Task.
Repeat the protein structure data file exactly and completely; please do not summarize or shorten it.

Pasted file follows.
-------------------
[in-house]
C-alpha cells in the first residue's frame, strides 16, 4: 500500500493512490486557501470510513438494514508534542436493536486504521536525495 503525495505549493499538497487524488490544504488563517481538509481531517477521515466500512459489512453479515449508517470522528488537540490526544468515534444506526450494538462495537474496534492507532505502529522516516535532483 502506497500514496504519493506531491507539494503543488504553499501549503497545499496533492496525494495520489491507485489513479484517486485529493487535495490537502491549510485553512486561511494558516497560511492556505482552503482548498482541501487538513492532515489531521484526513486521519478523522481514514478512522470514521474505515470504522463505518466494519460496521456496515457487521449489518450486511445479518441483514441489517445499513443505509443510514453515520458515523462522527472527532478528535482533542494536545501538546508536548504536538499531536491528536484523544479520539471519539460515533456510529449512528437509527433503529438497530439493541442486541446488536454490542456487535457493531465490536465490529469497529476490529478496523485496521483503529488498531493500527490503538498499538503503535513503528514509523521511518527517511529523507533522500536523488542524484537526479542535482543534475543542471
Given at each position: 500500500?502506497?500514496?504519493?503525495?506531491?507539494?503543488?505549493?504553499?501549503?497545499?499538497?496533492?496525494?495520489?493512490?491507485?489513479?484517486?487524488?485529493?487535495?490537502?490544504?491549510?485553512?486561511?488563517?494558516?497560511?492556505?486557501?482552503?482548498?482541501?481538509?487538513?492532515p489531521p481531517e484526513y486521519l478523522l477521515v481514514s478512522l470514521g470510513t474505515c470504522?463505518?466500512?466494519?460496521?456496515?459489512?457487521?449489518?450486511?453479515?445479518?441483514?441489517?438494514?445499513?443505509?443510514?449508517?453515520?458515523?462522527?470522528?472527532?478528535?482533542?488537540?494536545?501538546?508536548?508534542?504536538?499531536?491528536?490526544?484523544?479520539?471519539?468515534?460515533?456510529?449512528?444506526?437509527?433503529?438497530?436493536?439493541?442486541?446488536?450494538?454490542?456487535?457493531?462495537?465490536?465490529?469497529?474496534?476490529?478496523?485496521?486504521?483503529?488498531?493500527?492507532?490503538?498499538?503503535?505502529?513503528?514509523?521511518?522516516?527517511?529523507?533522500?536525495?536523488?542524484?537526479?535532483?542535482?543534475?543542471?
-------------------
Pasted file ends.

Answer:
[in-house]
C-alpha cells in the first residue's frame, strides 16, 4: 500500500493512490486557501470510513438494514508534542436493536486504521536525495 503525495505549493499538497487524488490544504488563517481538509481531517477521515466500512459489512453479515449508517470522528488537540490526544468515534444506526450494538462495537474496534492507532505502529522516516535532483 502506497500514496504519493506531491507539494503543488504553499501549503497545499496533492496525494495520489491507485489513479484517486485529493487535495490537502491549510485553512486561511494558516497560511492556505482552503482548498482541501487538513492532515489531521484526513486521519478523522481514514478512522470514521474505515470504522463505518466494519460496521456496515457487521449489518450486511445479518441483514441489517445499513443505509443510514453515520458515523462522527472527532478528535482533542494536545501538546508536548504536538499531536491528536484523544479520539471519539460515533456510529449512528437509527433503529438497530439493541442486541446488536454490542456487535457493531465490536465490529469497529476490529478496523485496521483503529488498531493500527490503538498499538503503535513503528514509523521511518527517511529523507533522500536523488542524484537526479542535482543534475543542471
Given at each position: 500500500?502506497?500514496?504519493?503525495?506531491?507539494?503543488?505549493?504553499?501549503?497545499?499538497?496533492?496525494?495520489?493512490?491507485?489513479?484517486?487524488?485529493?487535495?490537502?490544504?491549510?485553512?486561511?488563517?494558516?497560511?492556505?486557501?482552503?482548498?482541501?481538509?487538513?492532515p489531521p481531517e484526513y486521519l478523522l477521515v481514514s478512522l470514521g470510513t474505515c470504522?463505518?466500512?466494519?460496521?456496515?459489512?457487521?449489518?450486511?453479515?445479518?441483514?441489517?438494514?445499513?443505509?443510514?449508517?453515520?458515523?462522527?470522528?472527532?478528535?482533542?488537540?494536545?501538546?508536548?508534542?504536538?499531536?491528536?490526544?484523544?479520539?471519539?468515534?460515533?456510529?449512528?444506526?437509527?433503529?438497530?436493536?439493541?442486541?446488536?450494538?454490542?456487535?457493531?462495537?465490536?465490529?469497529?474496534?476490529?478496523?485496521?486504521?483503529?488498531?493500527?492507532?490503538?498499538?503503535?505502529?513503528?514509523?521511518?522516516?527517511?529523507?533522500?536525495?536523488?542524484?537526479?535532483?542535482?543534475?543542471?